Move mouse position (Win 10 64bit)/Prevent screen sleep

Hi,
First post in the Windows part of the forum :wink:

I asked the question if I were able to write an app that simply moves the mouse cursor to 0, 0 on Windows 10 64bit.
I found a function from @Michel Bujardet but it does not seem to do anything, at least not on Win 10 64bit.
Any ideas? I think it was for a touch screen that insists on going into sleep mode, and moving the mouse might prevent that.

Noooot a windows guy here :wink:

#if TargetWin32 Declare Function SetCursorPos Lib "user32" (ByVal x As Integer, ByVal y As Integer) As Integer //========================================== // Set cursor position to top left of screen //========================================== call SetCursorPos(0,0) #endif

You should use “if TargetWindows”. “TargetWin32” is only for 32bit. If have checked it with Window7 64Bit and it works. I hope library “user32” is available on Window10. if not, try “user64” or “user”.

If you use MBS Plugins, check the RemoteControlMBS for such commands.

[quote=383284:@Albin Kiland]Hi,
First post in the Windows part of the forum :wink:

I asked the question if I were able to write an app that simply moves the mouse cursor to 0, 0 on Windows 10 64bit.
I found a function from @Michel Bujardet but it does not seem to do anything, at least not on Win 10 64bit.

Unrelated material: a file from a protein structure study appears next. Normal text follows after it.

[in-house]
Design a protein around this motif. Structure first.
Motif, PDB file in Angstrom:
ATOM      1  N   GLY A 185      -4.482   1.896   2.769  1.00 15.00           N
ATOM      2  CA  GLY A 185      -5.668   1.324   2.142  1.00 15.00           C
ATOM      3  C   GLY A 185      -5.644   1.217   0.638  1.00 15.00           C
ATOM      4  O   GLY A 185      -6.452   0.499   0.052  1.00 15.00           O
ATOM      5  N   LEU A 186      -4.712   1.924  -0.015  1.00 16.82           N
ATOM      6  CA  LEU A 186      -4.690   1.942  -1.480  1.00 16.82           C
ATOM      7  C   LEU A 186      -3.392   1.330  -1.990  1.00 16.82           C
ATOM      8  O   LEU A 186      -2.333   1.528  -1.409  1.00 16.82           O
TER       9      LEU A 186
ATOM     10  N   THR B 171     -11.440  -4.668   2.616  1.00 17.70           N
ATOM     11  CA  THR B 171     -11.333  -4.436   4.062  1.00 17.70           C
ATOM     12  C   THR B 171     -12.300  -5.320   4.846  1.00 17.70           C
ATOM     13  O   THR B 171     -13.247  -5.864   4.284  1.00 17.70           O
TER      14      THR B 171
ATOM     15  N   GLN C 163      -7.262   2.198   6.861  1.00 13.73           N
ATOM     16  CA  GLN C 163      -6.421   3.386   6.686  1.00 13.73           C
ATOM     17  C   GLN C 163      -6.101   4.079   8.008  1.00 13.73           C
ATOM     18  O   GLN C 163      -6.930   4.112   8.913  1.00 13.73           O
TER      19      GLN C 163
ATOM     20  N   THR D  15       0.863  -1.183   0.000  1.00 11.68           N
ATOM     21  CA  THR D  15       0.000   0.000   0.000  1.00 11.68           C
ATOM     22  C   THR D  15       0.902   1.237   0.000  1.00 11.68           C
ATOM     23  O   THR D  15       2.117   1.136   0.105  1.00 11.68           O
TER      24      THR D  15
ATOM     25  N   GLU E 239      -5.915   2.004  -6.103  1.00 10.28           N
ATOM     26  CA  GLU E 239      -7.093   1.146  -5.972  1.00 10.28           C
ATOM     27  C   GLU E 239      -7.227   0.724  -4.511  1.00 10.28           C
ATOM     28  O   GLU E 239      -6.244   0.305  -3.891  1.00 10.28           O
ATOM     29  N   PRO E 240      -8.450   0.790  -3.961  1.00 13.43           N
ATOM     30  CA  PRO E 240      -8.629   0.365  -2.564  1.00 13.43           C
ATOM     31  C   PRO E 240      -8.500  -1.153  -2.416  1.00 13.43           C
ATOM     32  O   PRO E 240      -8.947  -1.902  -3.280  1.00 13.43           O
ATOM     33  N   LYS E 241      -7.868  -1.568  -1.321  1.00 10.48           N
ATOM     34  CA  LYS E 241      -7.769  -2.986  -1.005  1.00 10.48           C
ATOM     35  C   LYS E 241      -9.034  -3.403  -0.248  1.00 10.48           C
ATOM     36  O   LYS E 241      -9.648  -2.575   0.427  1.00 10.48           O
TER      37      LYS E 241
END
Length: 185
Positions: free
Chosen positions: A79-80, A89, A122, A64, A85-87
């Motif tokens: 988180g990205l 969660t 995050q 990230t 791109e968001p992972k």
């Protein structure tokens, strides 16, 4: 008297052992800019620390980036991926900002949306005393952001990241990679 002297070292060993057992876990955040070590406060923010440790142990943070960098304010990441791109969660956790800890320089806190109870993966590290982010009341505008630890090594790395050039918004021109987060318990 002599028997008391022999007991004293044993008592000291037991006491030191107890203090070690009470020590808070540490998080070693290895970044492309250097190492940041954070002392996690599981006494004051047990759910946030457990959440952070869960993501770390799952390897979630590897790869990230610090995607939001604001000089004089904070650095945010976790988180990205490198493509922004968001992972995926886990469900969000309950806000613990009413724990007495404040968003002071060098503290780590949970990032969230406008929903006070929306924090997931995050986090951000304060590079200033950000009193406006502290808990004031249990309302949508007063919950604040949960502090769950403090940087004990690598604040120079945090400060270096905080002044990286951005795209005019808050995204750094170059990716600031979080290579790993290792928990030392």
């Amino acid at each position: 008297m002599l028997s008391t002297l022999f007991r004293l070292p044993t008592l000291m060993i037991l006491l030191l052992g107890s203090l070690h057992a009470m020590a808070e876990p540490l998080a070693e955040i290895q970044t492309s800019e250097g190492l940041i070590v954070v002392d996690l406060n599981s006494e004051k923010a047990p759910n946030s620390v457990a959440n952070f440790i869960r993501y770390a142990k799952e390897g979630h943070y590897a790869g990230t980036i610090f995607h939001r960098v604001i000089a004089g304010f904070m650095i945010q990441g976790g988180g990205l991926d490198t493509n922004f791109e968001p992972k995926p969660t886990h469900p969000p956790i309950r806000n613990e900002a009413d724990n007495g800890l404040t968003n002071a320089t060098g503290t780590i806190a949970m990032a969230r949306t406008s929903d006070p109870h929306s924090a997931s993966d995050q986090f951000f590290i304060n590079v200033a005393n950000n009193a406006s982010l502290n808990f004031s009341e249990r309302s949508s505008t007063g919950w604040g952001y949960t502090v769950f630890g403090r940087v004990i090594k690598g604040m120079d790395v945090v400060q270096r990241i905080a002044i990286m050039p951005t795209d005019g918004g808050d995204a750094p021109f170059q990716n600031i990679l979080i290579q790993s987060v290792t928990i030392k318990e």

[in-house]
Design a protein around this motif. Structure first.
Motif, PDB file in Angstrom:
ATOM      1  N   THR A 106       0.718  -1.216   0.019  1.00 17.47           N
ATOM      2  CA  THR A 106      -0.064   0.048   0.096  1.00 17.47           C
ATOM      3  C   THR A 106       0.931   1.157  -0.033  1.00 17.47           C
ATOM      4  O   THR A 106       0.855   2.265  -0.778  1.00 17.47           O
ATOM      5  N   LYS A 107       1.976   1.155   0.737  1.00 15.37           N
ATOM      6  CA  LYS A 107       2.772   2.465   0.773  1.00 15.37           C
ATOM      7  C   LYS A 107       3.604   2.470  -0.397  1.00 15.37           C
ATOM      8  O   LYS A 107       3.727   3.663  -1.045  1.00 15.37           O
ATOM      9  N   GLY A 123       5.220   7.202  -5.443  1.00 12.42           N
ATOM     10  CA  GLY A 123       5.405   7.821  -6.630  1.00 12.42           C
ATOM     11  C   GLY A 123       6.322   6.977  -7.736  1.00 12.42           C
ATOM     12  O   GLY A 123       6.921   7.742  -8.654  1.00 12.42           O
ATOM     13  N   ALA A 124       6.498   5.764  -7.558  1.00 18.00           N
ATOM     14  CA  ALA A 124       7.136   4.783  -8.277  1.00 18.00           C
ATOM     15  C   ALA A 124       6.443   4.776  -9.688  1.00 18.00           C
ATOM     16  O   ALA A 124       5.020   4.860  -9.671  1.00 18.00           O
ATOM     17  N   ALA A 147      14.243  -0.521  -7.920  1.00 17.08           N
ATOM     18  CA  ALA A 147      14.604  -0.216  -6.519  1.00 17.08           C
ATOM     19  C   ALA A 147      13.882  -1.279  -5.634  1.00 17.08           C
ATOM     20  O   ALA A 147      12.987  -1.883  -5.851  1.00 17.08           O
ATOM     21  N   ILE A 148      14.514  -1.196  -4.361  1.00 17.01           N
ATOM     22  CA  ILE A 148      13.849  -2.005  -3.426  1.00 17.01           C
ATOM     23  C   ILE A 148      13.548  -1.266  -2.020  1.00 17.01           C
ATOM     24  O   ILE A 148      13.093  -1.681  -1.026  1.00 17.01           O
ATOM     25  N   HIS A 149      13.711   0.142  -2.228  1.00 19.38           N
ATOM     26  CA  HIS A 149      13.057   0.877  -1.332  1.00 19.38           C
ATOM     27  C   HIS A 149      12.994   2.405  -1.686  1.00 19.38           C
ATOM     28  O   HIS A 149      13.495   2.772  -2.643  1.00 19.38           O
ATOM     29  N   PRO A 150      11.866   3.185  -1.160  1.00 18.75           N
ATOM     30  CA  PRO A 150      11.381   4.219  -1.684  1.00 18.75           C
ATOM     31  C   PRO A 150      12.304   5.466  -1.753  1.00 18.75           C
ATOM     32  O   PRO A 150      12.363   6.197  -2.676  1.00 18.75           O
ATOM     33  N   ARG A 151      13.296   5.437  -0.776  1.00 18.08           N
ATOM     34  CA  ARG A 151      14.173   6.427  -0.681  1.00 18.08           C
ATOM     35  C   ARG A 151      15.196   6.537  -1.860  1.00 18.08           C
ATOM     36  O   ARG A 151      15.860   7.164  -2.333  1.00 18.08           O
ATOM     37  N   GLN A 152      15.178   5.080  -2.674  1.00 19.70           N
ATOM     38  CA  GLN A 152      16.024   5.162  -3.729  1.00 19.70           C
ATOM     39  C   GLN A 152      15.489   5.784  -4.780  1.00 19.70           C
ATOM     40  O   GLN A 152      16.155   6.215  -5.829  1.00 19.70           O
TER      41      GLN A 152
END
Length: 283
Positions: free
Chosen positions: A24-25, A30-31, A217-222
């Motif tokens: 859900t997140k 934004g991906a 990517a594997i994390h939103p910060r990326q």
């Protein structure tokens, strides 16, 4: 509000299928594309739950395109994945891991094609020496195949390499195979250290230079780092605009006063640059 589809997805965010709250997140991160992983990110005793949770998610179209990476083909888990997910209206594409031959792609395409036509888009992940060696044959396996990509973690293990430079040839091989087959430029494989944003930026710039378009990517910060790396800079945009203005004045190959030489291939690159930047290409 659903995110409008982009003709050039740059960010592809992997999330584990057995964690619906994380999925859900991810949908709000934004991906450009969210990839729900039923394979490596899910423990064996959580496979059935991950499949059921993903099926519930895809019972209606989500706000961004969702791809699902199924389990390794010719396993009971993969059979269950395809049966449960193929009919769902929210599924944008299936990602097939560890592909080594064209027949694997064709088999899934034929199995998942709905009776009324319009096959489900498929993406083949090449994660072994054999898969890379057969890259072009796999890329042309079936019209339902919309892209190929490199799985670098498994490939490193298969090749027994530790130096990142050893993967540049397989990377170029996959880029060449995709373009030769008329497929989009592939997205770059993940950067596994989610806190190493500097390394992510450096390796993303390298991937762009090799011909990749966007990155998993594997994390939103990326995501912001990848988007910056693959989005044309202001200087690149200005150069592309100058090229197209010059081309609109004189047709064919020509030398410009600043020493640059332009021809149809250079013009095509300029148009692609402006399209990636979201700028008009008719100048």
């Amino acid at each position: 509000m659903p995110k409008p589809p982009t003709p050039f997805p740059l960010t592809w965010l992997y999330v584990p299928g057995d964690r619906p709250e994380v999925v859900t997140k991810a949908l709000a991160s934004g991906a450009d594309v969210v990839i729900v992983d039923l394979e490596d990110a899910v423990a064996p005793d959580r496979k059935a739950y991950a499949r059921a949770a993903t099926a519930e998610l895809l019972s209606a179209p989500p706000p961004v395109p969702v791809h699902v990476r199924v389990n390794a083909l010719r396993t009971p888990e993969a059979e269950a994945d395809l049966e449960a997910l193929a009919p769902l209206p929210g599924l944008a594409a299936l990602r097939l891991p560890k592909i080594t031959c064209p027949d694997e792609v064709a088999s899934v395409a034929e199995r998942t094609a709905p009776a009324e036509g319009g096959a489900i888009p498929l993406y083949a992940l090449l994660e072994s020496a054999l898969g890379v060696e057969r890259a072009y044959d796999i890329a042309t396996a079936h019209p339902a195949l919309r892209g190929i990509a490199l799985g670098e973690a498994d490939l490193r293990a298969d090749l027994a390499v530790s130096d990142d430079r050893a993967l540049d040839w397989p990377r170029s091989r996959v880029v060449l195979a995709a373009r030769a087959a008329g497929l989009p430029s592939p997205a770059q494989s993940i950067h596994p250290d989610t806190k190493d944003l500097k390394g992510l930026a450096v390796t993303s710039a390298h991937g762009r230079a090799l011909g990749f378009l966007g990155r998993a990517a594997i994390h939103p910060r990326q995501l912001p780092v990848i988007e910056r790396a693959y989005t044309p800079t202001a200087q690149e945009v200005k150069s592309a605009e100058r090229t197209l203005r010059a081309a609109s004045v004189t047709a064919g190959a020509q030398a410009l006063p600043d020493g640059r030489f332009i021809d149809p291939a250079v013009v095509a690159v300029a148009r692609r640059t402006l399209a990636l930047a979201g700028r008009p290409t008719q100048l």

Any ideas? I think it was for a touch screen that insists on going into sleep mode, and moving the mouse might prevent that.

Noooot a windows guy here :wink:

#if TargetWin32 Declare Function SetCursorPos Lib "user32" (ByVal x As Integer, ByVal y As Integer) As Integer //========================================== // Set cursor position to top left of screen //========================================== call SetCursorPos(0,0) #endif[/quote]

You want to use Int32, since I believe Integer in 64 bit is Int64.

Thanks for your suggestions! I’ll try them out and get back to you :slight_smile:

That’s not true.
It returns true for all styles of Windows.

USER32 is the right name for both 32 and 64bit versions.

The name user32.dll is misleading. It’s a 64 bit user32.dll you’re calling.
The 64 bit version is located at %windir%\System32\user32.dll.
A 32-bit version is included for compatibility with 32-bit applications. It’s located at %windir%\SysWOW64\user32.dll